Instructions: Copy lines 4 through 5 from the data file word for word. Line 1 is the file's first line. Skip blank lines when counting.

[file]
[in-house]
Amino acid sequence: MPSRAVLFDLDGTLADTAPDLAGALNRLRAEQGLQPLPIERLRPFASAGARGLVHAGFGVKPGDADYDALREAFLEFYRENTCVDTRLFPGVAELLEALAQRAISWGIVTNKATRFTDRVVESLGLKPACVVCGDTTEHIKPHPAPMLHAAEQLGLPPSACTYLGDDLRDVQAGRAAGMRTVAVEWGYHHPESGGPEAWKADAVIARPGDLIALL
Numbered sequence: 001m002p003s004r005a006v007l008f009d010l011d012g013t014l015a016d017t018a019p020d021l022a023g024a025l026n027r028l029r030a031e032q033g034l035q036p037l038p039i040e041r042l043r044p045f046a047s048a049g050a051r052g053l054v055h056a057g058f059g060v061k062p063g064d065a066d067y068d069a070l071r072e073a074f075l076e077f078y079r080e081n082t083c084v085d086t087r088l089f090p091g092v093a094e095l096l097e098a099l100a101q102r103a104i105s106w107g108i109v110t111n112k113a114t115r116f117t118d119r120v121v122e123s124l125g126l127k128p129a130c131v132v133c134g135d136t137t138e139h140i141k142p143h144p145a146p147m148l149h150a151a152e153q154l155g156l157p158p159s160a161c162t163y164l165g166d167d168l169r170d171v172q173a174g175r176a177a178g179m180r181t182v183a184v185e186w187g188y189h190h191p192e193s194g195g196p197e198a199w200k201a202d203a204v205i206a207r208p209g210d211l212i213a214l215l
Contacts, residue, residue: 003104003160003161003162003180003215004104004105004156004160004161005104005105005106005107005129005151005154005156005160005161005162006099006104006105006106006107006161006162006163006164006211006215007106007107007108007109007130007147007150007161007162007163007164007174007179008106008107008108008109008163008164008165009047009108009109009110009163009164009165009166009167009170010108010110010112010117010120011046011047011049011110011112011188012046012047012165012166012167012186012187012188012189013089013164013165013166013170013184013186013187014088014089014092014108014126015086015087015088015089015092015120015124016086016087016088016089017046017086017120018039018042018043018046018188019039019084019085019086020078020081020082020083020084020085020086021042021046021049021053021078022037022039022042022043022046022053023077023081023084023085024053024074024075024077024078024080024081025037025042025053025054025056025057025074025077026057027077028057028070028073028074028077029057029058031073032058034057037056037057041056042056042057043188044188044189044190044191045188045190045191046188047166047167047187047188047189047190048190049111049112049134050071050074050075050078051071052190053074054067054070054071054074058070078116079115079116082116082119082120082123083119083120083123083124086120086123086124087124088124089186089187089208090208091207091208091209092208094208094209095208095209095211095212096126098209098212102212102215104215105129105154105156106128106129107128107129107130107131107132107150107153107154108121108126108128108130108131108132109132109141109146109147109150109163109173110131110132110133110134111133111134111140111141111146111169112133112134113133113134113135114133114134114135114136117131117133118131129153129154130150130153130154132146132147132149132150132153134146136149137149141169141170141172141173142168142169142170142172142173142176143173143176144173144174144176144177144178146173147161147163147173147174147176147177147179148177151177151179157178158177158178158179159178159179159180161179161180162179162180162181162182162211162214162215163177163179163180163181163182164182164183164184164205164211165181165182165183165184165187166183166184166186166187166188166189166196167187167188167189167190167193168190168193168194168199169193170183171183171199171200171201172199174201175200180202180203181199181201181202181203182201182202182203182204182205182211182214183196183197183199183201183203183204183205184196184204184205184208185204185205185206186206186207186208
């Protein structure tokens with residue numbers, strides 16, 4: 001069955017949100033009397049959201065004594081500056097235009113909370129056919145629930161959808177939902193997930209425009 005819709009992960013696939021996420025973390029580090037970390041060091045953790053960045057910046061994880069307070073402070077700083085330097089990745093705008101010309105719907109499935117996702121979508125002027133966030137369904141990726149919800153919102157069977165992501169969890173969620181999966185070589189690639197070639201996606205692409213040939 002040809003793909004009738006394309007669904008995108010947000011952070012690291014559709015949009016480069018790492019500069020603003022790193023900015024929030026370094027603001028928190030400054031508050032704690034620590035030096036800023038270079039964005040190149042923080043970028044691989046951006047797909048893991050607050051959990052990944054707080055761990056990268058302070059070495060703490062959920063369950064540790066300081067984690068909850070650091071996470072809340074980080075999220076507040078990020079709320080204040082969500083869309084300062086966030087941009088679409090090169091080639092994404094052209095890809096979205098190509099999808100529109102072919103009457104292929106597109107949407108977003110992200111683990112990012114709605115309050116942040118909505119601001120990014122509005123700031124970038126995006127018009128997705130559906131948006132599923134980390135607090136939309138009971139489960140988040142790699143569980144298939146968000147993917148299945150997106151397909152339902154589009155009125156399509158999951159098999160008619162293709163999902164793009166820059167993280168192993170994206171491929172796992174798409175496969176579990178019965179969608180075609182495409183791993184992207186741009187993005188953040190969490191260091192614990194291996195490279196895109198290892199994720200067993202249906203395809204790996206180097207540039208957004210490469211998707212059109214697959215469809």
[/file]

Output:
Contacts, residue, residue: 003104003160003161003162003180003215004104004105004156004160004161005104005105005106005107005129005151005154005156005160005161005162006099006104006105006106006107006161006162006163006164006211006215007106007107007108007109007130007147007150007161007162007163007164007174007179008106008107008108008109008163008164008165009047009108009109009110009163009164009165009166009167009170010108010110010112010117010120011046011047011049011110011112011188012046012047012165012166012167012186012187012188012189013089013164013165013166013170013184013186013187014088014089014092014108014126015086015087015088015089015092015120015124016086016087016088016089017046017086017120018039018042018043018046018188019039019084019085019086020078020081020082020083020084020085020086021042021046021049021053021078022037022039022042022043022046022053023077023081023084023085024053024074024075024077024078024080024081025037025042025053025054025056025057025074025077026057027077028057028070028073028074028077029057029058031073032058034057037056037057041056042056042057043188044188044189044190044191045188045190045191046188047166047167047187047188047189047190048190049111049112049134050071050074050075050078051071052190053074054067054070054071054074058070078116079115079116082116082119082120082123083119083120083123083124086120086123086124087124088124089186089187089208090208091207091208091209092208094208094209095208095209095211095212096126098209098212102212102215104215105129105154105156106128106129107128107129107130107131107132107150107153107154108121108126108128108130108131108132109132109141109146109147109150109163109173110131110132110133110134111133111134111140111141111146111169112133112134113133113134113135114133114134114135114136117131117133118131129153129154130150130153130154132146132147132149132150132153134146136149137149141169141170141172141173142168142169142170142172142173142176143173143176144173144174144176144177144178146173147161147163147173147174147176147177147179148177151177151179157178158177158178158179159178159179159180161179161180162179162180162181162182162211162214162215163177163179163180163181163182164182164183164184164205164211165181165182165183165184165187166183166184166186166187166188166189166196167187167188167189167190167193168190168193168194168199169193170183171183171199171200171201172199174201175200180202180203181199181201181202181203182201182202182203182204182205182211182214183196183197183199183201183203183204183205184196184204184205184208185204185205185206186206186207186208
């Protein structure tokens with residue numbers, strides 16, 4: 001069955017949100033009397049959201065004594081500056097235009113909370129056919145629930161959808177939902193997930209425009 005819709009992960013696939021996420025973390029580090037970390041060091045953790053960045057910046061994880069307070073402070077700083085330097089990745093705008101010309105719907109499935117996702121979508125002027133966030137369904141990726149919800153919102157069977165992501169969890173969620181999966185070589189690639197070639201996606205692409213040939 002040809003793909004009738006394309007669904008995108010947000011952070012690291014559709015949009016480069018790492019500069020603003022790193023900015024929030026370094027603001028928190030400054031508050032704690034620590035030096036800023038270079039964005040190149042923080043970028044691989046951006047797909048893991050607050051959990052990944054707080055761990056990268058302070059070495060703490062959920063369950064540790066300081067984690068909850070650091071996470072809340074980080075999220076507040078990020079709320080204040082969500083869309084300062086966030087941009088679409090090169091080639092994404094052209095890809096979205098190509099999808100529109102072919103009457104292929106597109107949407108977003110992200111683990112990012114709605115309050116942040118909505119601001120990014122509005123700031124970038126995006127018009128997705130559906131948006132599923134980390135607090136939309138009971139489960140988040142790699143569980144298939146968000147993917148299945150997106151397909152339902154589009155009125156399509158999951159098999160008619162293709163999902164793009166820059167993280168192993170994206171491929172796992174798409175496969176579990178019965179969608180075609182495409183791993184992207186741009187993005188953040190969490191260091192614990194291996195490279196895109198290892199994720200067993202249906203395809204790996206180097207540039208957004210490469211998707212059109214697959215469809």